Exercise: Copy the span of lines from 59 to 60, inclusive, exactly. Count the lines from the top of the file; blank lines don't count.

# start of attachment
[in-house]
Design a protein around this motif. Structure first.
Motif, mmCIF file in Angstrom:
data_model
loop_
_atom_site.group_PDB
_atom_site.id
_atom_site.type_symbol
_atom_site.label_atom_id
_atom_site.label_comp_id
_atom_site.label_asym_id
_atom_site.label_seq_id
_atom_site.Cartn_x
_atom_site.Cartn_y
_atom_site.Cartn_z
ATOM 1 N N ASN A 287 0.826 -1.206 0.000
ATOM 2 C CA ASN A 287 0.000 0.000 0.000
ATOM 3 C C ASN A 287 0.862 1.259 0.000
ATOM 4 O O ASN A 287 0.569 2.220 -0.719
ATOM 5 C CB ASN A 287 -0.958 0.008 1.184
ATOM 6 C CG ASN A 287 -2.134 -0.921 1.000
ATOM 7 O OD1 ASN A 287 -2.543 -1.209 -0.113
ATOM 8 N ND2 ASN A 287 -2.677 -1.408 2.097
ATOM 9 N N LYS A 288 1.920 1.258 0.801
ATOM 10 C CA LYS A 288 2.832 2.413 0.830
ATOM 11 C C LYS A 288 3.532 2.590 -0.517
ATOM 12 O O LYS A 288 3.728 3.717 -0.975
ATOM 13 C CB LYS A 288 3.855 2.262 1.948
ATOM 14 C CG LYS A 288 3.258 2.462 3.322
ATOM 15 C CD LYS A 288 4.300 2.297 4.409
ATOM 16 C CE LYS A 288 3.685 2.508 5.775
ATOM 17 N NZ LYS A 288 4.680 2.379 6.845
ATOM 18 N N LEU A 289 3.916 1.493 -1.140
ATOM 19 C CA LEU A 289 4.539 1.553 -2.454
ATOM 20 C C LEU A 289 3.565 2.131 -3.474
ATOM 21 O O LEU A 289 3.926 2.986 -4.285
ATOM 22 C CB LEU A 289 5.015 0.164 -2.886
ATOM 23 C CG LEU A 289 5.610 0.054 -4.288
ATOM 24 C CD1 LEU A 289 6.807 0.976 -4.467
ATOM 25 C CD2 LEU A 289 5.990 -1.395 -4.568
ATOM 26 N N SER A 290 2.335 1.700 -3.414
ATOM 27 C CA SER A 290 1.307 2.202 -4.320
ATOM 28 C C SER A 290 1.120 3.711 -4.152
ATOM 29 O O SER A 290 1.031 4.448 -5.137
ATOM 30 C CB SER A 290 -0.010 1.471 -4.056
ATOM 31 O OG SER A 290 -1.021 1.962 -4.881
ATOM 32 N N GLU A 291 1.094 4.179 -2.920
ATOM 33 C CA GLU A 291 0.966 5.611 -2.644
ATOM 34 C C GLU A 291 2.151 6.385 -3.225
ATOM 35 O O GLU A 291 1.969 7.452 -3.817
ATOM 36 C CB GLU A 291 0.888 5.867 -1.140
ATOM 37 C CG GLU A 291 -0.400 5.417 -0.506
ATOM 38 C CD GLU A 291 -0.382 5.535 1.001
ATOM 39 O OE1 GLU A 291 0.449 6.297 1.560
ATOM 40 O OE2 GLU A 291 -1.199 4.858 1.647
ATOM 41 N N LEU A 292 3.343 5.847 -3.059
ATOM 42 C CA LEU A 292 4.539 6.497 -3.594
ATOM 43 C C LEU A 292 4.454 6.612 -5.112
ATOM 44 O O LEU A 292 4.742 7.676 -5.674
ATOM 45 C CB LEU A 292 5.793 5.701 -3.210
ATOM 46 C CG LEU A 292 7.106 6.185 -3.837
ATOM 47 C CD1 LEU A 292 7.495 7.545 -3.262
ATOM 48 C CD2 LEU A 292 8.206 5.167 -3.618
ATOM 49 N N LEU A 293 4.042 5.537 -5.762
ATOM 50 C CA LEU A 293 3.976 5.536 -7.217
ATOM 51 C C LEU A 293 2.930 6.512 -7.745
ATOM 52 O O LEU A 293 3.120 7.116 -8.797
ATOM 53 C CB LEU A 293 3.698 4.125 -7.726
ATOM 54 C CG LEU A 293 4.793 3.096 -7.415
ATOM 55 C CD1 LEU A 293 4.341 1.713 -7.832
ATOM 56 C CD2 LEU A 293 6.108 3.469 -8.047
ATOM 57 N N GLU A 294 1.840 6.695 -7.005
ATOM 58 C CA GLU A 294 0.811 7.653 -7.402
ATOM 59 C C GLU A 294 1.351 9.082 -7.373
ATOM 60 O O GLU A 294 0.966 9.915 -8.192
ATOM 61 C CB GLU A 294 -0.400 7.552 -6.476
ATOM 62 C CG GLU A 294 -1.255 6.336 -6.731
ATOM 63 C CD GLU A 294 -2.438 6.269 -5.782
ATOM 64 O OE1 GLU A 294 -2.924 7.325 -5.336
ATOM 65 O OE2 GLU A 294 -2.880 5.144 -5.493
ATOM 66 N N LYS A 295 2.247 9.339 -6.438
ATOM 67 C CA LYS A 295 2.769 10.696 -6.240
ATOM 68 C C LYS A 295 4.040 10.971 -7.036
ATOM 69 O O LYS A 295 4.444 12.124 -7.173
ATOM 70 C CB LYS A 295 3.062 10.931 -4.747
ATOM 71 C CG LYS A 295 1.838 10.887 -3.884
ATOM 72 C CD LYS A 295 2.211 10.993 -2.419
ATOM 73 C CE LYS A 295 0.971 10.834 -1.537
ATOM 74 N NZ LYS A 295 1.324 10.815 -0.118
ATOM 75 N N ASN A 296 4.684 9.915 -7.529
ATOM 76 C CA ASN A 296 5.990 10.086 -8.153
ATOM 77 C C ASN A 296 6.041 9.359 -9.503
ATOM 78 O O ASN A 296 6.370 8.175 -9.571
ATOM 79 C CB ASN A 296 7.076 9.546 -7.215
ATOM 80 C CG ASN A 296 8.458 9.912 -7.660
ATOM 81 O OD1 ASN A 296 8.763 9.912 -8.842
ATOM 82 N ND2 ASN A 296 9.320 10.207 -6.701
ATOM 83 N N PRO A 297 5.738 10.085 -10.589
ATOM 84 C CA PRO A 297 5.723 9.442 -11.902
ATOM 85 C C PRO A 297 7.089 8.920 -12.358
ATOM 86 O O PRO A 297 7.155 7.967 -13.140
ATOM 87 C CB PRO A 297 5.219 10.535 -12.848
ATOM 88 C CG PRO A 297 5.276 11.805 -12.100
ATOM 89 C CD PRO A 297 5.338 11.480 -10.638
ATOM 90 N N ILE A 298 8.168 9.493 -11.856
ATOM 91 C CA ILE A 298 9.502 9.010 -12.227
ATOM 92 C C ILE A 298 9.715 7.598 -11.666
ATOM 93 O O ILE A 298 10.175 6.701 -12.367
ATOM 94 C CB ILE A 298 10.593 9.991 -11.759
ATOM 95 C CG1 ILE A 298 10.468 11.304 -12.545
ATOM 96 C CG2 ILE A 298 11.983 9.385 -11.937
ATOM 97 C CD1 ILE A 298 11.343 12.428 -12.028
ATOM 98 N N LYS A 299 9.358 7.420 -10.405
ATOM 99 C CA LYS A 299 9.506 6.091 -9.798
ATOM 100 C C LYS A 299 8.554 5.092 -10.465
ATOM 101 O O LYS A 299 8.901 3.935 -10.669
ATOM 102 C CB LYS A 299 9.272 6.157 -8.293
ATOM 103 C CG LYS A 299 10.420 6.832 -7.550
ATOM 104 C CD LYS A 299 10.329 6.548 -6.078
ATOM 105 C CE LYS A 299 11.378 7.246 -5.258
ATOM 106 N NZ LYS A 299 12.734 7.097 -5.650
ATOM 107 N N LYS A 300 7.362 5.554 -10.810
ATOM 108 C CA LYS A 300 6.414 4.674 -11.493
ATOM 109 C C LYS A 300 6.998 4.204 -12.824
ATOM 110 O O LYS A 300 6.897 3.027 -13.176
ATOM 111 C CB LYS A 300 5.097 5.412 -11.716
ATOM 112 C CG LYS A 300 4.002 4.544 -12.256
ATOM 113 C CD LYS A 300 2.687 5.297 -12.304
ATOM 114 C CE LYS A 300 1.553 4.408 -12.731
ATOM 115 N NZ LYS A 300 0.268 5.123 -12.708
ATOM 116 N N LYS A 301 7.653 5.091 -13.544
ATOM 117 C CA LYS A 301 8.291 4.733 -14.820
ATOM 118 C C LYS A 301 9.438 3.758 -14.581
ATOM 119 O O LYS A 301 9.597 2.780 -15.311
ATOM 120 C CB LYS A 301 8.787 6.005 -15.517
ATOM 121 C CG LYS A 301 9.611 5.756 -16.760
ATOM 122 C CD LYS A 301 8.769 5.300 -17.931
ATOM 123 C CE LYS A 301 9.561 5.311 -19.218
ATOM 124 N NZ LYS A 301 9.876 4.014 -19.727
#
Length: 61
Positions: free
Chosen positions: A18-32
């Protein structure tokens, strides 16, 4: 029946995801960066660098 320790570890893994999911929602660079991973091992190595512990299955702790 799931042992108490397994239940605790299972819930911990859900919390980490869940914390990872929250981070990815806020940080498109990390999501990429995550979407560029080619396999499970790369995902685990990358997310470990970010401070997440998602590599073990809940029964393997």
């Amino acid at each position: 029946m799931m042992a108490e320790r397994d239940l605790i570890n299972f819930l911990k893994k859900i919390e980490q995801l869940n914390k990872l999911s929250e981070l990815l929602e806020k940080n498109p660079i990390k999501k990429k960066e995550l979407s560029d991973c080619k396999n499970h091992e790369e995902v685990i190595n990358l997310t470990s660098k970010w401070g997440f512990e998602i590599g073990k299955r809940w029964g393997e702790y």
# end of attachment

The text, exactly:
ATOM 44 O O LEU A 292 4.742 7.676 -5.674
ATOM 45 C CB LEU A 292 5.793 5.701 -3.210